Use this URL to cite or link to this record in EThOS: http://ethos.bl.uk/OrderDetails.do?uin=uk.bl.ethos.680369
Title: The development of Protestant working class politics and culture in Northern Ireland since 1960
Author: Parr, C. S. D.
ISNI:       0000 0004 5915 3159
Awarding Body: Queen's University Belfast
Current Institution: Queen's University Belfast
Date of Award: 2014
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Abstract:
This thesis has two dominant focusses: class political division and the theatrical faculty of Northern Ireland's Protestant working class since 1960. It seeks to restore the Labour credentials of the constituency's recent past alongside its literary repercussions, both of which appear for decades to have diminished. It views political developments through the prism of six dramatists and writers to have either hailed from, or inspired, this profile. It takes into account their political activities and diverging viewpoints, many of which have been either forgotten or obfuscated, as part of a broader examination of the group. Drawing on interviews with the playwrights concerned, their unpublished scripts, as well as rarely-consulted archival material, the thesis contends that - contrary to a good deal of trite polemic and safe scholarly assessment - the Protestant/working class has historically and continually demonstrated a vigorous and resonant creative pulse as well as a tendency towards political fission. The latter is simultaneously sketched through a hard historical approach which returns repeatedly to the Labour movement. At times, such as in the early-1960s, these dynamics coalesced to a remarkable degree. Always cognisant of the accompanying ambiguities and complexities, the thesis above all taps into a sense that cultural and political performance are separate entities, and that the collapse of a certain Labour and Left wing ethos did not depress the emergence of dramatic writing from this disparate and capacious community. It argues that its consistency in producing playwrights of politically-charged and diverse persuasions counters its monolithic, reactionary reputation.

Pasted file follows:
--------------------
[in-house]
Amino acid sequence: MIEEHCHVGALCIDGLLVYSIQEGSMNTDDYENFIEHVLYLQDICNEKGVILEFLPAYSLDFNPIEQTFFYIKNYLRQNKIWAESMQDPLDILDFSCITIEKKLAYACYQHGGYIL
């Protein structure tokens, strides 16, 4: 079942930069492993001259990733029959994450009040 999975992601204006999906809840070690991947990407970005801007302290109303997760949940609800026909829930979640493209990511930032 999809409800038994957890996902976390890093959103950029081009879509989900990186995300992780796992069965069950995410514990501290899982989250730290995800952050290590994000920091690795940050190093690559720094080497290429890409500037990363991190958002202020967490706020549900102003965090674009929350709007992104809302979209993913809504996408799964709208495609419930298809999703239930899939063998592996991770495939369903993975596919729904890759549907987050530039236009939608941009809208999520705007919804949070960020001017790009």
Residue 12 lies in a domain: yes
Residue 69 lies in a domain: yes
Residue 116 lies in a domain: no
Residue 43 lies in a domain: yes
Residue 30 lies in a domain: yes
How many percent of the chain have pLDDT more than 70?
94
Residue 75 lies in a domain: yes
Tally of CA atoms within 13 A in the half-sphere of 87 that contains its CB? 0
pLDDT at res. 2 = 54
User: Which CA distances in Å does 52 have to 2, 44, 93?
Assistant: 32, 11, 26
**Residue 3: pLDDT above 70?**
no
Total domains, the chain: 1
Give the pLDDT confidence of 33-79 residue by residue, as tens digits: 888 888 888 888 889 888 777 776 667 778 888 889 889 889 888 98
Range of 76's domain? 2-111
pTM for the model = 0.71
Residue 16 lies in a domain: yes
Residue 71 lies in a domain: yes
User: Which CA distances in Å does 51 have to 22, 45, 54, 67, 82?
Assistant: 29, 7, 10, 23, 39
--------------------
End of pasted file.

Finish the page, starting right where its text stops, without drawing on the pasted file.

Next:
Supervisor: Not available Sponsor: Not available
Qualification Name: Thesis (Ph.D.) Qualification Level: Doctoral
EThOS ID: uk.bl.ethos.680369  DOI: Not available
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